I got a chance to meet some of the Facebook's Open Compute Project team last week, and the meeting went much better than I expected. One of the great questions Facebook asked was how to organize the Open Compute Project's efforts. One typical approach would be a taxonomy of the different parts of the system - power, cooling, servers, etc.
taxonomic scheme, is a particular classification ("the taxonomy of ..."), arranged in a hierarchical structure.
A hierarchical approach makes sense for a technical crowd
A hierarchy (Greek: hierarchia (ἱεραρχία), from hierarches, "leader of sacred rites") is an arrangement of items (objects, names, values, categories, etc.) in which the items are represented as being "above," "below," or "at the same level as" one another.
A different way to look at the problem is to use an ontological approach and use knowledge management techniques.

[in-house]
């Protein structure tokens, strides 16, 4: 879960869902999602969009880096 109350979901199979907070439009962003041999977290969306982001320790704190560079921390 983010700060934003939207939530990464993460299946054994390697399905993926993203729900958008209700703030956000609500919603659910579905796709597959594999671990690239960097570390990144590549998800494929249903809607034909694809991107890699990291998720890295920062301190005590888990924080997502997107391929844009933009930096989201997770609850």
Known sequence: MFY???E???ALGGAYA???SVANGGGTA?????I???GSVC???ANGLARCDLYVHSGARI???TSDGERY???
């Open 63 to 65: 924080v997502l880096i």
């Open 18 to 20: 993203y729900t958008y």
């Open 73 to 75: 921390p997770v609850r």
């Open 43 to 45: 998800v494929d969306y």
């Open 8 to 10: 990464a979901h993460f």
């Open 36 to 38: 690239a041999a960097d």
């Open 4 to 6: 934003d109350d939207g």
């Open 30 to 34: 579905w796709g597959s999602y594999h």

In the context of computer and information sciences, an ontology defines a set of representational primitives with which to model a domain of knowledge or discourse. The representational primitives are typically classes (or sets), attributes (or properties), and relationships (or relations among class members). The definitions of the representational primitives include information about their meaning and constraints on their logically consistent application. In the context of database systems, ontology can be viewed as a level of abstraction of data models, analogous to hierarchical and relational models, but intended for modeling knowledge about individuals, their attributes, and their relationships to other individuals.
Note the yellow text where ontological vs. hierarchical is compared.
I think the ontological approach could work for Open Compute Project. I'll spend more time over the next couple of weeks circulating the idea and getting feedback.